- 30 Nov 2020
Though most major sports events have had to be cancelled or postponed due to the ongoing, global health crisis, this has not done away with integrity issues in sport. Placing integrity at the core of sport’s response to the global COVID-19 pandemic is more important than ever to ensure that sport emerges from this challenge as strong as possible and is ready to play its fundamental role in society.
“Integrity must be at the heart of the ‘new normal’ for sport in order for it to tap into its full potential,” says Pâquerette Girard Zappelli, IOC Chief Ethics and Compliance Officer. “Therefore, we have teamed up with INTERPOL and the United Nations Office on Drugs and Crime to address the current health crisis and the action required by those tackling corruption in sport and preventing the manipulation of competitions, in particular sports organisations and governments.”
New policy paper
The result is a new policy paper that sets out a policy framework and specific recommendations, most of which are valid generally but have been adapted to the current situation. The document aims to provide for an aligned, proactive approach and proposes preventative measures for the time when sport fully resumes. It gives guidance on how to respond immediately, as well as in the future.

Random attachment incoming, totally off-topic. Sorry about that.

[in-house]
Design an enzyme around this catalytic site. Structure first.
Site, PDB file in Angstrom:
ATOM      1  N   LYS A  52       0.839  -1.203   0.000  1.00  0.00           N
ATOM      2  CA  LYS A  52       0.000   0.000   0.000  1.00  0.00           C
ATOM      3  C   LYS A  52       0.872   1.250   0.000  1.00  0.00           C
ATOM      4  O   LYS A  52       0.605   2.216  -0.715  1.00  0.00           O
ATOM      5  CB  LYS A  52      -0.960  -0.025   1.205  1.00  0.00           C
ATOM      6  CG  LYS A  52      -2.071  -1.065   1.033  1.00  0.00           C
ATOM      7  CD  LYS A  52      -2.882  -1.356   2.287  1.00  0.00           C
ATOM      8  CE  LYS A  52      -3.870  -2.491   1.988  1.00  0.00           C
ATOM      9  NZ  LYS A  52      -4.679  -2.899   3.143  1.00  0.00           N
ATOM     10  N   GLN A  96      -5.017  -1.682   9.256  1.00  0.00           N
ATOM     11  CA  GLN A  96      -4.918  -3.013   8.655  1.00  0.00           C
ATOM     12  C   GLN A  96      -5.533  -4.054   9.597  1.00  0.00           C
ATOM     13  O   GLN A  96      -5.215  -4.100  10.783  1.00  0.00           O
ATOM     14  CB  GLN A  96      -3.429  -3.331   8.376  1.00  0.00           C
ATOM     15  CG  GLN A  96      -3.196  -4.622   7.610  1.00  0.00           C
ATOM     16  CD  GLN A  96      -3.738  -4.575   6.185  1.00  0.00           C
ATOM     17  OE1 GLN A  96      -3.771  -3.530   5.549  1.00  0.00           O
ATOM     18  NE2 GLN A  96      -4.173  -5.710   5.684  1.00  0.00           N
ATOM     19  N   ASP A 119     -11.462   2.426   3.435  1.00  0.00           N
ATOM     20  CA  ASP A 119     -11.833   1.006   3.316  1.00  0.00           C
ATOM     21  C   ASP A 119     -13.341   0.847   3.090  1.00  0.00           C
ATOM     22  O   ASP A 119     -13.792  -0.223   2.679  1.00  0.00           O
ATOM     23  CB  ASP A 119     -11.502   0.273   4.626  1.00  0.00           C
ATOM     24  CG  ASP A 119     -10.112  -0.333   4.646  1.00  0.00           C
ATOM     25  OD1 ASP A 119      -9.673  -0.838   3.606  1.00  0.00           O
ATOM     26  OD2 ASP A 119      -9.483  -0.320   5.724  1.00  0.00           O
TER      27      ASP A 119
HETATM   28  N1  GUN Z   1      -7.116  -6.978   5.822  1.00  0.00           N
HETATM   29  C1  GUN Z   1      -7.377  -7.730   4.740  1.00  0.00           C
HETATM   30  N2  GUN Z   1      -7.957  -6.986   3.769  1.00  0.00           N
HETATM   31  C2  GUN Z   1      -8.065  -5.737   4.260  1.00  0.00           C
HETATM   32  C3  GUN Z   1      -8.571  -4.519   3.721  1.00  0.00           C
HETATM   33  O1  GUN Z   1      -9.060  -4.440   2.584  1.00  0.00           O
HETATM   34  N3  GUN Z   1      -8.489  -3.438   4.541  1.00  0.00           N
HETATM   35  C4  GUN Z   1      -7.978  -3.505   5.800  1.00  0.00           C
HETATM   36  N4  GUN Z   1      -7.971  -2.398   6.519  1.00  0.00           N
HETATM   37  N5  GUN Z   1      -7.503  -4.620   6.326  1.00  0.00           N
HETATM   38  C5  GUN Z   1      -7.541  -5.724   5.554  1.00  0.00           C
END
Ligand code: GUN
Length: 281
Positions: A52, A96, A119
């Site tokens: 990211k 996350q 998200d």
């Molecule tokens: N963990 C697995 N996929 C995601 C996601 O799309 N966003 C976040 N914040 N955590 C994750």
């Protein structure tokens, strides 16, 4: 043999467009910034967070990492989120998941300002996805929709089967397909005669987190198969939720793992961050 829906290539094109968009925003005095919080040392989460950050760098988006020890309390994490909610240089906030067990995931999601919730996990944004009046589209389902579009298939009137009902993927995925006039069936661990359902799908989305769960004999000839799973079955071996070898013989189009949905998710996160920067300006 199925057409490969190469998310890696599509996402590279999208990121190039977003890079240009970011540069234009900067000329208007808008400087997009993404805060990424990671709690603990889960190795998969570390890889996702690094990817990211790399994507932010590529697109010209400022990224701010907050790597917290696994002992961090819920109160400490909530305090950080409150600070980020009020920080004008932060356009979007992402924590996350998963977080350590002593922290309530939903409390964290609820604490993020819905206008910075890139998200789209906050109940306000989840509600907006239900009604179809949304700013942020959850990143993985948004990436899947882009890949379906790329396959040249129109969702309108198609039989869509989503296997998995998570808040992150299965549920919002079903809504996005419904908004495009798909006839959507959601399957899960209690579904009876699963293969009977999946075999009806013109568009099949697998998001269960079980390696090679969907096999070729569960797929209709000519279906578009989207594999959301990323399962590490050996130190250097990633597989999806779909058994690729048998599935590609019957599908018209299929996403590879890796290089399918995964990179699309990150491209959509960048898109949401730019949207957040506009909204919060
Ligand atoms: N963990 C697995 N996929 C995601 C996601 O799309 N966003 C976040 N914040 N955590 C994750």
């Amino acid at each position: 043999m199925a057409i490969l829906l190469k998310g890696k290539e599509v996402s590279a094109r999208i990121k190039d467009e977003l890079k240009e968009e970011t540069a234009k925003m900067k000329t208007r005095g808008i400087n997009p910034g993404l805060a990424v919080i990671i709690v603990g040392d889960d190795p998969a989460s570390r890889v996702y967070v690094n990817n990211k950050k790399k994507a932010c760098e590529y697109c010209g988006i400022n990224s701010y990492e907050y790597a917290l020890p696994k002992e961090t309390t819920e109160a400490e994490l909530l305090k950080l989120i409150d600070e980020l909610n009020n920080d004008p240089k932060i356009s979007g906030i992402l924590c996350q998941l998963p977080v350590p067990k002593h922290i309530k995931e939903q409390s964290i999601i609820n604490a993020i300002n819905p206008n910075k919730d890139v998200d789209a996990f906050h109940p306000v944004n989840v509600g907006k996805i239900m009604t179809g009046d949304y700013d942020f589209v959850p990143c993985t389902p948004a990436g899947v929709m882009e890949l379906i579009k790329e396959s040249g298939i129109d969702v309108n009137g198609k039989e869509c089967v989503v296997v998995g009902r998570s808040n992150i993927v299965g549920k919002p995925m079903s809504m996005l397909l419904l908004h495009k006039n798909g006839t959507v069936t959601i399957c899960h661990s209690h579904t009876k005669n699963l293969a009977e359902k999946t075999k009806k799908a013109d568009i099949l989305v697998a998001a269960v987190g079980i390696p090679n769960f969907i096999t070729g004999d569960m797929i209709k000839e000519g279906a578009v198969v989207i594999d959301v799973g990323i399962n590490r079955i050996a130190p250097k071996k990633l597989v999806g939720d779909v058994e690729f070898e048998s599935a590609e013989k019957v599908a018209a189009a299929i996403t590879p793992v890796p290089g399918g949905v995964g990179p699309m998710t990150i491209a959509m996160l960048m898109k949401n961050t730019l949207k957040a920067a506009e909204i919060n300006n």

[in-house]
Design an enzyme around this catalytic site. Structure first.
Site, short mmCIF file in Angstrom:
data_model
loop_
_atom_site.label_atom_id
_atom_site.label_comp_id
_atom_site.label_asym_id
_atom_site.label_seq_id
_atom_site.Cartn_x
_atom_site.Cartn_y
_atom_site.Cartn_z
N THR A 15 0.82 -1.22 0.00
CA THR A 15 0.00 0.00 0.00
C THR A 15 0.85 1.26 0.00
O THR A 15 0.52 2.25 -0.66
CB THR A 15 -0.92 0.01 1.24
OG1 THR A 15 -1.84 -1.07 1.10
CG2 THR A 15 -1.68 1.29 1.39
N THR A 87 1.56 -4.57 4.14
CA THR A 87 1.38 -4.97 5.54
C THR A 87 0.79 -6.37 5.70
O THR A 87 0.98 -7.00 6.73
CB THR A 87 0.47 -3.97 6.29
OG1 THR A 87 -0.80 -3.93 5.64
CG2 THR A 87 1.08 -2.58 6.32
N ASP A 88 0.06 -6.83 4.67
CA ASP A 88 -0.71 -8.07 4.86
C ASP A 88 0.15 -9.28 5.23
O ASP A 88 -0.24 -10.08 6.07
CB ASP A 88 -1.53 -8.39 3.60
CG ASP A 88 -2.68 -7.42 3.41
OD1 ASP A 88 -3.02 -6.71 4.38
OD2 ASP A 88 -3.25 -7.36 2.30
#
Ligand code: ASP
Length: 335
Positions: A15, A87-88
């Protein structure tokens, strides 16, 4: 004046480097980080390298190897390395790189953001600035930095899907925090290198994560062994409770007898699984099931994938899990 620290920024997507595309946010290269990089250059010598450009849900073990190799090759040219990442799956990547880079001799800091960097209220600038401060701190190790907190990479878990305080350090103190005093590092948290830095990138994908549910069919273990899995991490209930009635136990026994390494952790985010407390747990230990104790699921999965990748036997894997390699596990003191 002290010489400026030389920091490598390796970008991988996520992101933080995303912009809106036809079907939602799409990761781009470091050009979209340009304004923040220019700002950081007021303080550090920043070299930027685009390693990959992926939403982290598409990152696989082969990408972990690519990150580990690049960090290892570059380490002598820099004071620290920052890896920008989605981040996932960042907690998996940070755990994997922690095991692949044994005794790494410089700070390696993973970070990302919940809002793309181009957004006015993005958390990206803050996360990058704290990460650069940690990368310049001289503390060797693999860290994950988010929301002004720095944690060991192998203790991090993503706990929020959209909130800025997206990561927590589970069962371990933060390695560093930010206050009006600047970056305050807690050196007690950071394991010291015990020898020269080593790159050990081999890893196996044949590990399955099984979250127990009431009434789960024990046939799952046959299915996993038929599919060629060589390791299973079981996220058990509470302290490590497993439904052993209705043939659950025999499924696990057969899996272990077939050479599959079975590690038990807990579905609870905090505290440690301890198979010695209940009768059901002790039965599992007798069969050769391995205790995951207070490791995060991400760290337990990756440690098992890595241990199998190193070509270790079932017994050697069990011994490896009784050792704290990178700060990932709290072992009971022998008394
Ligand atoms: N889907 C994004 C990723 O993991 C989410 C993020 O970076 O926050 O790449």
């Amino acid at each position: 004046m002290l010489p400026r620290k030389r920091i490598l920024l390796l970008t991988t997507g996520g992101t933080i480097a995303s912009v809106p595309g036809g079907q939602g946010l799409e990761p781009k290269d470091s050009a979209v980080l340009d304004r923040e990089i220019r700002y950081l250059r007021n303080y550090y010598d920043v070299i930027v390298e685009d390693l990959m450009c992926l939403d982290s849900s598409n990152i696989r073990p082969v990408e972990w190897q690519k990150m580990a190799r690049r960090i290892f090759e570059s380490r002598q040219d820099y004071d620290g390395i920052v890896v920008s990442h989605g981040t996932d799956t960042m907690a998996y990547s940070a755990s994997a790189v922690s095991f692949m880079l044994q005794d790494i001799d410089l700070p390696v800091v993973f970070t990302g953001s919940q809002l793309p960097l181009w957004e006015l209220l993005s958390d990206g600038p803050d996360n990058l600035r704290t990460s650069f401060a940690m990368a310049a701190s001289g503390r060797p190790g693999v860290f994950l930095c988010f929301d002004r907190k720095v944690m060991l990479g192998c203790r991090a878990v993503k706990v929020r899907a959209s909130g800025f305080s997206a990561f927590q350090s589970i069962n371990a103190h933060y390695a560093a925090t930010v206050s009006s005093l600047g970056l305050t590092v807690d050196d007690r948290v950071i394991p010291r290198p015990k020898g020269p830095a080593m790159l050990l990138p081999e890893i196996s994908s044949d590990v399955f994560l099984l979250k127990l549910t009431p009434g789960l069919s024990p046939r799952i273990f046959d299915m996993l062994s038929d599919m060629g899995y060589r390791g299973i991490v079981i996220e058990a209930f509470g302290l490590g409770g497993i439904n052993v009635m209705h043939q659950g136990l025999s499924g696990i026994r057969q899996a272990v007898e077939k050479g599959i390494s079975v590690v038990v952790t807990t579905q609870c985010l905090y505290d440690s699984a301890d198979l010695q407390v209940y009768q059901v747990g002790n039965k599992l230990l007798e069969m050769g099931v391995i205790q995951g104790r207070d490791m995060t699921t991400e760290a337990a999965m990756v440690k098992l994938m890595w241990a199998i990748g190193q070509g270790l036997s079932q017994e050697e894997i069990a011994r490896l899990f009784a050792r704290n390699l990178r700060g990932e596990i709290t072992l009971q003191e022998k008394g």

It also recalls the tools and support mechanisms available to sports organisations and governments (primarily law enforcement and criminal justice authorities).
“It is important to use the current time to reflect and prepare strategically for the re-starting of competitions, which will require greater vigilance,” reiterates Girard Zappelli. “At the IOC, we are continuing our strong efforts to protect clean athletes, notably with a view to Tokyo 2020. We recommend that all stakeholders, especially NOCs and IFs, do the same.”
In this newsletter, you will find many examples of how the IOC is working with a range of stakeholders to form synergies and maximise the impact of its activities.